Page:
vertiginous (adj.) – whirling; spinning; rotary
“It turns out the cause of poor tendony Mrs. R–‘s meltdown in the kitchen is that she has either a grandniece or removed cousin who’s doing some type of internship at Time, Inc., in the Time-Life Building or whatever it’s called, about which Mrs. R– and whoever she’s managed to call know only that it’s a vertiginously tall skyscraper someplace in New York City, and she’s out of her mind with worry…”
Wallace, David Foster. “The View From Mrs. Thompson’s.” Consider the Lobster. New York: Back Bay Books, 2007. p 139.
gonfalon (n.) – a banner suspended from a crossbar, often with several streamers or tails
“More than a few large homes around Franklin Park or out on the east side even have enormous multistory flags hanging gonfalon-style down over their facades.”
Wallace, David Foster. “The View From Mrs. Thompson’s.” Consider the Lobster. New York: Back Bay Books, 2007. p 129.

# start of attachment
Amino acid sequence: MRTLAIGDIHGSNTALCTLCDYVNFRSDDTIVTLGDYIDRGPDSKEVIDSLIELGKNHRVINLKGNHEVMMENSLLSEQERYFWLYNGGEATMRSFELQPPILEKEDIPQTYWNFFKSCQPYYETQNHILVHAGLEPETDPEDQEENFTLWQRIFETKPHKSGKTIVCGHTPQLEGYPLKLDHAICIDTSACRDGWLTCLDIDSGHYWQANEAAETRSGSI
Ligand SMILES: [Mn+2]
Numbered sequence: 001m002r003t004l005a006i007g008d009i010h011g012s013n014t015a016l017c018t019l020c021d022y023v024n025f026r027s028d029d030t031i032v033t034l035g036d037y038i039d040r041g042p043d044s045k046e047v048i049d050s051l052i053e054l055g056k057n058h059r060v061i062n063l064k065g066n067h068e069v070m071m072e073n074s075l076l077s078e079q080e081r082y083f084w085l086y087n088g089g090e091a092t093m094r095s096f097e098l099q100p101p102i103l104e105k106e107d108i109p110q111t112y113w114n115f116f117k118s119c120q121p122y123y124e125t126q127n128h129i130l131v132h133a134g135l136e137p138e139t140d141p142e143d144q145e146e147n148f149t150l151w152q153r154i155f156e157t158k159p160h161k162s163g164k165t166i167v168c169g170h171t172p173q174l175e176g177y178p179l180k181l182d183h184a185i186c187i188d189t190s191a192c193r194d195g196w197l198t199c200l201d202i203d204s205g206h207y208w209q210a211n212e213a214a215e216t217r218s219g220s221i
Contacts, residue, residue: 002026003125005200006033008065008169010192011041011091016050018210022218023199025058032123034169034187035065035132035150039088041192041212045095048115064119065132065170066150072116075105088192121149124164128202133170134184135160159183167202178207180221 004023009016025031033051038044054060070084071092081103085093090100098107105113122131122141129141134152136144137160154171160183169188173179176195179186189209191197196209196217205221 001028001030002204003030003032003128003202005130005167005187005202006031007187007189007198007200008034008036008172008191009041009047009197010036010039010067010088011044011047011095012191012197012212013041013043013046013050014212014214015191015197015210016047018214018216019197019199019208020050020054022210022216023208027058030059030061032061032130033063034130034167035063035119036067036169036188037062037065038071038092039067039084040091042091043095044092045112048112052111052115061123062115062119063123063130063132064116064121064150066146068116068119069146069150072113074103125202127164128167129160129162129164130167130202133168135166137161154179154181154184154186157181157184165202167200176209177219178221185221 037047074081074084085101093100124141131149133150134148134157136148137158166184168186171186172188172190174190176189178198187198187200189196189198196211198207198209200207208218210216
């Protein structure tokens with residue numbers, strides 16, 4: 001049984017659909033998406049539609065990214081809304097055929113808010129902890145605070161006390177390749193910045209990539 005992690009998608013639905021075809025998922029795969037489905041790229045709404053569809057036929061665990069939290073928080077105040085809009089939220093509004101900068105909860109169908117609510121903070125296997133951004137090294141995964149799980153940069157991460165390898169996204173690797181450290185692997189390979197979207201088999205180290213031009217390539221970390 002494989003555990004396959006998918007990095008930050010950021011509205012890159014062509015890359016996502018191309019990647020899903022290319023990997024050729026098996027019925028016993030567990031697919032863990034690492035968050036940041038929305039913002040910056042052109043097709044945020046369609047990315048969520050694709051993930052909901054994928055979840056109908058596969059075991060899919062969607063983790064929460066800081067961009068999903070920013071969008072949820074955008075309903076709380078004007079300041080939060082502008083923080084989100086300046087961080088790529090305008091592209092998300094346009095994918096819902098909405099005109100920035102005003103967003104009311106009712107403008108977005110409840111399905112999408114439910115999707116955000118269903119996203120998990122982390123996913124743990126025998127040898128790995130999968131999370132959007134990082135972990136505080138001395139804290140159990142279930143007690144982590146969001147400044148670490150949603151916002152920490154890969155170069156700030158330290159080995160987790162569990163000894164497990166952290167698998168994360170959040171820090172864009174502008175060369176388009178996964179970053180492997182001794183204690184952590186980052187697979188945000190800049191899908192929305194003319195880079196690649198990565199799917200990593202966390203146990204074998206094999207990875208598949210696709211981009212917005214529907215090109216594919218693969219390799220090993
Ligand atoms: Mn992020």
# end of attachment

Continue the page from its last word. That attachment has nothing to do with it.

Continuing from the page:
sine die (Latin) – without fixing a day for future action or meeting
“The American Conversation is an argument, after all, and way worse than our fear of error or anarchy or Gomorrahl decadence is our fear of theocracy or autocracy or any ideology whose project is not to argue or persuade but to adjourn the whole debate sine die.”
Wallace, David Foster. “Authority and American Usage.” Consider the Lobster. New York: Back Bay Books, 2007. p 121